Puke ki Hikurangi masthead


Available issues

28 29 30 1 2 3 4
5 6 7 8 9 10 11
12 13 14 15 16 17 18
19 20 21 22 23 24 25
26 27 28 29 30 31 1


Region Wellington
Available online 1897-1913
Alternative title(s) Te Puke ki Hikurangi

The editor of Te Puke ki Hikurangi (The Hill at Hikurangi, 1897-1913) was Purakau Maika under the guidance of Hamuera Tamahau Mahupuku by the authority of the Paremata Maori o te Kotahitanga (Maori Parliament) and the Treaty of Waitangi. This newspaper replaced Huia Tangata Kotahi as the official newspaper of Te Kotahitanga (Jubilee: Te Tiupiri, 4 January 1898: 5).

A committee of five at Papawai organised the newspaper while each Maori district had a co-ordinator to collect subscriptions and news. An independent Maori press also established Te Wananga, Te Korimako, and Huia Tangata Kotahi (Jubilee: Te Tiupiri, 11 January 1898: 1).

In the first issue the editor declared the intent of the paper:

‘He panuitanga tenei i ta tatou Nupepa ia Te Puke Ki Hikurangi ka tukua atu nei kia haere atu ki nga hau e wha o tatou motu e rua, o Aotearoa me te Waipounamu me o raua motu ririki, hei taringa, hei reo, mo tatou e noho nei tatou i roto i te pouritanga o nga mahi nunui a to tatou Kotahitanga, ara te oha a o tatou tipuna a o tatou matua, te Tiriti O Waitangi me nga mahi a to tatou Paremata e tu mai nei i Poneke, me nga rongo korero o te ao e whakarongo noa nei te taringa, e ui noa nei te ngakau, ki a ia ano, a, kowai hoki hei whakautu i te patai. E hoa ma tenei ahau ka tu ake ki runga hei whakautu i tenei patai.’ (21 December, 1897: 1)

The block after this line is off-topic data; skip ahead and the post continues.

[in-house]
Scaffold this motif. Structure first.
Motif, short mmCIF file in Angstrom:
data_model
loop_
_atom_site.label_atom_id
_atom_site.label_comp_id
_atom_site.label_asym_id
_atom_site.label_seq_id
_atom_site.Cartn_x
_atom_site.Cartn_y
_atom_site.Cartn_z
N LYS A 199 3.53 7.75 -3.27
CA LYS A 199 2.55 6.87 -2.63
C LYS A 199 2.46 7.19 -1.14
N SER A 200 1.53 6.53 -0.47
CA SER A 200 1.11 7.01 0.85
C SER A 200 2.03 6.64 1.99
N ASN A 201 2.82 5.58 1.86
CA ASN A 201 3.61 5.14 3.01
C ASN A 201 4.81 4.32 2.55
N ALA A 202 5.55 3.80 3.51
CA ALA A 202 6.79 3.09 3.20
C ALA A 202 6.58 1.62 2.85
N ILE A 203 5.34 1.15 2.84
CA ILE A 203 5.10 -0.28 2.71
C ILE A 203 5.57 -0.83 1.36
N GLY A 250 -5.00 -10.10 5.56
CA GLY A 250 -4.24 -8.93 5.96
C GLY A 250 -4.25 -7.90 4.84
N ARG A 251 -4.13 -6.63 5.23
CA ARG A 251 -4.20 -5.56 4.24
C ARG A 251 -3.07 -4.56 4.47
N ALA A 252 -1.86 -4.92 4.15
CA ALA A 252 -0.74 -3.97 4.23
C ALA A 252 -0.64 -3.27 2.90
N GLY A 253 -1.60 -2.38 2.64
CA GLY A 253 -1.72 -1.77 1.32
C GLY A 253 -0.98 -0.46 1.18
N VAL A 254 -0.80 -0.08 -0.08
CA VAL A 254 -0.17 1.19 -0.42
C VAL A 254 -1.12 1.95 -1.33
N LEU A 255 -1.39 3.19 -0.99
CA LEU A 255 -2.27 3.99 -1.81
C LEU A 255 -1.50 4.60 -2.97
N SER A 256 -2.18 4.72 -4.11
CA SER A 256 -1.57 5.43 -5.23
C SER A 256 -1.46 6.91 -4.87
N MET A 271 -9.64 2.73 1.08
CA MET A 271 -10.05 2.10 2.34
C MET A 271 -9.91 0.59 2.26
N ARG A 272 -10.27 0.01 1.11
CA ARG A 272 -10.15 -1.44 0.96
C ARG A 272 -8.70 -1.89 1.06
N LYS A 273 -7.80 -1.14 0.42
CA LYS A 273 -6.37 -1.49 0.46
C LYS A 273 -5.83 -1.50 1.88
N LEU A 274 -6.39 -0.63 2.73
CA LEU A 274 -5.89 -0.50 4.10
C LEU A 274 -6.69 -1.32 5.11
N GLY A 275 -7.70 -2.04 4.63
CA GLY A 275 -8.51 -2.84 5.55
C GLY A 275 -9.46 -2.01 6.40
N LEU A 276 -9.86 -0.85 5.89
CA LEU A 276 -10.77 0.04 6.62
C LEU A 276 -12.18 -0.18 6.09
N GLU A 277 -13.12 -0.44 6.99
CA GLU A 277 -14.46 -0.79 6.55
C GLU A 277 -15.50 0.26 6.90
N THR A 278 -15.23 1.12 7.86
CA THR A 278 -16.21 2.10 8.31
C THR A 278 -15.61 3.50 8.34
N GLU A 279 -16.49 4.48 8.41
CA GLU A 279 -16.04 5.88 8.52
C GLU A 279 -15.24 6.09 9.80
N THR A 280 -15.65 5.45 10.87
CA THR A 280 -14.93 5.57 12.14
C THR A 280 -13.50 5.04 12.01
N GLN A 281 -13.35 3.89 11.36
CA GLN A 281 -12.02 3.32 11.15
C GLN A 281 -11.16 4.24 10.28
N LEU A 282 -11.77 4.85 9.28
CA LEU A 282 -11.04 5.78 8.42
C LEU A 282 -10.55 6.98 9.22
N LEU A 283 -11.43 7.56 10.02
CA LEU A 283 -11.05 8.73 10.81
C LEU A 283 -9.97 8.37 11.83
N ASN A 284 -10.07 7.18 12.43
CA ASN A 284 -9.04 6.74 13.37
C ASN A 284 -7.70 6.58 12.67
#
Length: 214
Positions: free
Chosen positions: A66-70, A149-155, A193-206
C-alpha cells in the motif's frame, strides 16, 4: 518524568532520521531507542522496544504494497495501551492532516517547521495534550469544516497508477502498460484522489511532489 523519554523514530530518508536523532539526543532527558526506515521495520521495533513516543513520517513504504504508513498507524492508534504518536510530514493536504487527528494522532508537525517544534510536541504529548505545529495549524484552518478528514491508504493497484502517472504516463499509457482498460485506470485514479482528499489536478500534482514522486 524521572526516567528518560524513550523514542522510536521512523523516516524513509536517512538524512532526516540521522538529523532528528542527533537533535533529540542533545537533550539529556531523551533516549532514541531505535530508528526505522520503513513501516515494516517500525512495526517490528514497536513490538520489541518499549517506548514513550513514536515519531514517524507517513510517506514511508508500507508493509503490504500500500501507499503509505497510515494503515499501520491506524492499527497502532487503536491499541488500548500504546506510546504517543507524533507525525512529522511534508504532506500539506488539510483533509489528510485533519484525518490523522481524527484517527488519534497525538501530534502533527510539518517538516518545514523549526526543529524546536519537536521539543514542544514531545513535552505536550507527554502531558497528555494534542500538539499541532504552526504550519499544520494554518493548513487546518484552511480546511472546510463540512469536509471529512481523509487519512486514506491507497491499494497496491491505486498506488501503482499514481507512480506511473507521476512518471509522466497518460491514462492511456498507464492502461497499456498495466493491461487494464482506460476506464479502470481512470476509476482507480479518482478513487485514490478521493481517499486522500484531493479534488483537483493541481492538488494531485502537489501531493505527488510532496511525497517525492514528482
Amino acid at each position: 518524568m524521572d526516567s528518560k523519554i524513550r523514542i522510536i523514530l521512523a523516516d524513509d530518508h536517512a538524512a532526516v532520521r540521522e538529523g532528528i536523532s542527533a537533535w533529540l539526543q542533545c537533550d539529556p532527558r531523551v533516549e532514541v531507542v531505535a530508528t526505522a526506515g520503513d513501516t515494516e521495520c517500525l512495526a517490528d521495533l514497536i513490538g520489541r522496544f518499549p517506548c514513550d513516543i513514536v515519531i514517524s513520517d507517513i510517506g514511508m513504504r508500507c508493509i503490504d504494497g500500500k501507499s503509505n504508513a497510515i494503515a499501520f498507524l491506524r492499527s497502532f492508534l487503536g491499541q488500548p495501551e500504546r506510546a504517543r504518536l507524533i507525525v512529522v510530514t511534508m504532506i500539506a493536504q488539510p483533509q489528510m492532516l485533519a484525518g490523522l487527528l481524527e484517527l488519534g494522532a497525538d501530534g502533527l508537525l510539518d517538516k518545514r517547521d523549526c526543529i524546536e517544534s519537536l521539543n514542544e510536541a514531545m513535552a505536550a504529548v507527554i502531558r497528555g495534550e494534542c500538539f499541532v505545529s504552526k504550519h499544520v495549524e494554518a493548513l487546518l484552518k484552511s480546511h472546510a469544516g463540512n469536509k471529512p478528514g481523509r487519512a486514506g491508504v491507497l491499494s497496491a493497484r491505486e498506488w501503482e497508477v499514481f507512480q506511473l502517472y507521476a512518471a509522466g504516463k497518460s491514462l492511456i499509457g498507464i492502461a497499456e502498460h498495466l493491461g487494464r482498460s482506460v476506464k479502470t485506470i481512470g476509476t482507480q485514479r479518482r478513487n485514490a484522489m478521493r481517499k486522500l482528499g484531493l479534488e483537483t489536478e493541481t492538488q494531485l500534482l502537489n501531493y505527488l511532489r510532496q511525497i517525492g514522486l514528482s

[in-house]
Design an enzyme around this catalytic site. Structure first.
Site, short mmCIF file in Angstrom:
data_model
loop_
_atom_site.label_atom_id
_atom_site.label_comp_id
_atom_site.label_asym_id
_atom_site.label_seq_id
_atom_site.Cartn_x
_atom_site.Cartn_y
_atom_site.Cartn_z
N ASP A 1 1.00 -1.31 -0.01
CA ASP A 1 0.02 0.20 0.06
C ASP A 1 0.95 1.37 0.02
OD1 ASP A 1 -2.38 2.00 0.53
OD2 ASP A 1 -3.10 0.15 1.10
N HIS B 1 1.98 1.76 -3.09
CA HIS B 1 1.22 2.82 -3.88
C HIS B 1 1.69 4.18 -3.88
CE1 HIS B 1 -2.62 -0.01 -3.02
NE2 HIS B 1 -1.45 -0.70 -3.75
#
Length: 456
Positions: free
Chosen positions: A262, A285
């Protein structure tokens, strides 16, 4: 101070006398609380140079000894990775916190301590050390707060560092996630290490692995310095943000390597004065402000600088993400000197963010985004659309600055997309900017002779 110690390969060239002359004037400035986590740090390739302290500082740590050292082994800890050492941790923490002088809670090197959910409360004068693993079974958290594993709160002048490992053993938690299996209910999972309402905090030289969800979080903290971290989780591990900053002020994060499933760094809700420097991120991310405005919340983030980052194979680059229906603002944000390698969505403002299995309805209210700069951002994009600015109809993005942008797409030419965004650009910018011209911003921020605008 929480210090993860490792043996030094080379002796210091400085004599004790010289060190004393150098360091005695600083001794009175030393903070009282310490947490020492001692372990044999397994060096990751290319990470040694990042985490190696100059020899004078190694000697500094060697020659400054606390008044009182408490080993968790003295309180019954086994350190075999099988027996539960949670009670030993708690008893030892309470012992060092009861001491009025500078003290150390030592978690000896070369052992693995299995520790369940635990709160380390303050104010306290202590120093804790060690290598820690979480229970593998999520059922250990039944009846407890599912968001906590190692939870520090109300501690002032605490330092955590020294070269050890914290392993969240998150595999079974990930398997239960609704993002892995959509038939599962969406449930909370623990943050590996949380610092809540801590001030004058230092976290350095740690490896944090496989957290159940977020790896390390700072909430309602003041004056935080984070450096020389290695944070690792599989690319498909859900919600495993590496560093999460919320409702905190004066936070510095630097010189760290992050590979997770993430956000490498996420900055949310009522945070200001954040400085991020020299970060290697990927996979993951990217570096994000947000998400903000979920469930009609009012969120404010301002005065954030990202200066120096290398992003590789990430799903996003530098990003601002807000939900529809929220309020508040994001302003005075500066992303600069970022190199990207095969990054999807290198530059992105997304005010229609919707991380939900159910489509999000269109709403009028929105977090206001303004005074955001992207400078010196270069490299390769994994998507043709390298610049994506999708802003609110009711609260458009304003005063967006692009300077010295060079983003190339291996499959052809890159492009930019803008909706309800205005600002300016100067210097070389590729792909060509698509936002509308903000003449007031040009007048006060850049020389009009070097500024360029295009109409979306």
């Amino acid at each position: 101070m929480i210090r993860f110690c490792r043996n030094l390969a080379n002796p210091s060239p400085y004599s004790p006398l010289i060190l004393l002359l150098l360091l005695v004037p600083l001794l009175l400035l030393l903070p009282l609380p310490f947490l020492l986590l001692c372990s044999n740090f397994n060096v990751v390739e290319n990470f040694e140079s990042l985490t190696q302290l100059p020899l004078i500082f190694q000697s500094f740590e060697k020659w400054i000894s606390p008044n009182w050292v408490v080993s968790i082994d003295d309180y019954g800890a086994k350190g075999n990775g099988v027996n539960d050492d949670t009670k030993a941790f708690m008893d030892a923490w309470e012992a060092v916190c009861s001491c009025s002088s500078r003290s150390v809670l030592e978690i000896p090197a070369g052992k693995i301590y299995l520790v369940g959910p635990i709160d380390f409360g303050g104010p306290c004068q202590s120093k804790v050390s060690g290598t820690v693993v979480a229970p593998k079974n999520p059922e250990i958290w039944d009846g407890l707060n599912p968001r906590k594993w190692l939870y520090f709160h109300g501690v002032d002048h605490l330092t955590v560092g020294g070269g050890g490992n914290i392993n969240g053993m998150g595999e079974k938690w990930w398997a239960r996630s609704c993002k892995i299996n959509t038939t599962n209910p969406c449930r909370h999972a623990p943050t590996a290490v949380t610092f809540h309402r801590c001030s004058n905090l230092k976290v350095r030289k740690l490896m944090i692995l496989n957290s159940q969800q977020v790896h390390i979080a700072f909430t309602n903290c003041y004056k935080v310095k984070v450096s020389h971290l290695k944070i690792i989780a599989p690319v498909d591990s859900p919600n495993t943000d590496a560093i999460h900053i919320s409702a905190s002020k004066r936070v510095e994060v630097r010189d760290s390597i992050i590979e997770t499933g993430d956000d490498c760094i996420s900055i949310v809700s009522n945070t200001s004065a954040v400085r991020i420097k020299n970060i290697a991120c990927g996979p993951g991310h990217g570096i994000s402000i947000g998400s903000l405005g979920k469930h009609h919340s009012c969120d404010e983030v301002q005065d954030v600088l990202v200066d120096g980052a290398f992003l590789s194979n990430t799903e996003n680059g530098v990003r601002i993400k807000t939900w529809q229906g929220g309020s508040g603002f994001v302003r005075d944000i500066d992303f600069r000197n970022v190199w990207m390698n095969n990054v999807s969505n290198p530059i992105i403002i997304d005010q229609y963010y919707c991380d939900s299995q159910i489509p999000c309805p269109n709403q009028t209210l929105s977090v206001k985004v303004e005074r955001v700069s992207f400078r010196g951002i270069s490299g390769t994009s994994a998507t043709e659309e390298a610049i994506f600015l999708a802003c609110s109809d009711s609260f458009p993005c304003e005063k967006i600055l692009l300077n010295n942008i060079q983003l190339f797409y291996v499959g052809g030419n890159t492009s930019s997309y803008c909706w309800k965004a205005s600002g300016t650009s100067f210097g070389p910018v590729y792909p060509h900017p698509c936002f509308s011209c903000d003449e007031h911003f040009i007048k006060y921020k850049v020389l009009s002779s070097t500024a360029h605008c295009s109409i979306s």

(This is a statement about our newspaper Te Puke Ki Hikurangi which is sent out to the four winds of our two islands, Aotearoa and Te Waipounamu [North and South Islands] with their small outlying islands. It will be ears and voice for us who remain in ignorance of the enormous tasks of Te Kotahitanga in dealing with the Treaty of Waitangi, the gift from our forebears, and matters before our Parliament in Wellington. Then there is the news of the world, which our ears listen for and our minds question in vain amongst ourselves, but who is there to answer our queries? Friends, I am here to provide the answers.)

For further information about the newspaper, see P Parkinson and P Griffith, Books in Maori (Auckland: Reed, 2004), S39, pp. 807–811; and S Chrisp, ‘The Tribal Society of the Wairarapa Newspapers’ in Rere Atu, Taku Manu! edited by J Curnow, N Hopa and J McRae (Auckland: Auckland University Press, 2002), pp. 193–210 (pp. 193–197).

The National Library would like to thank Gail Dallimore for providing information used in essays about Maori newspapers.

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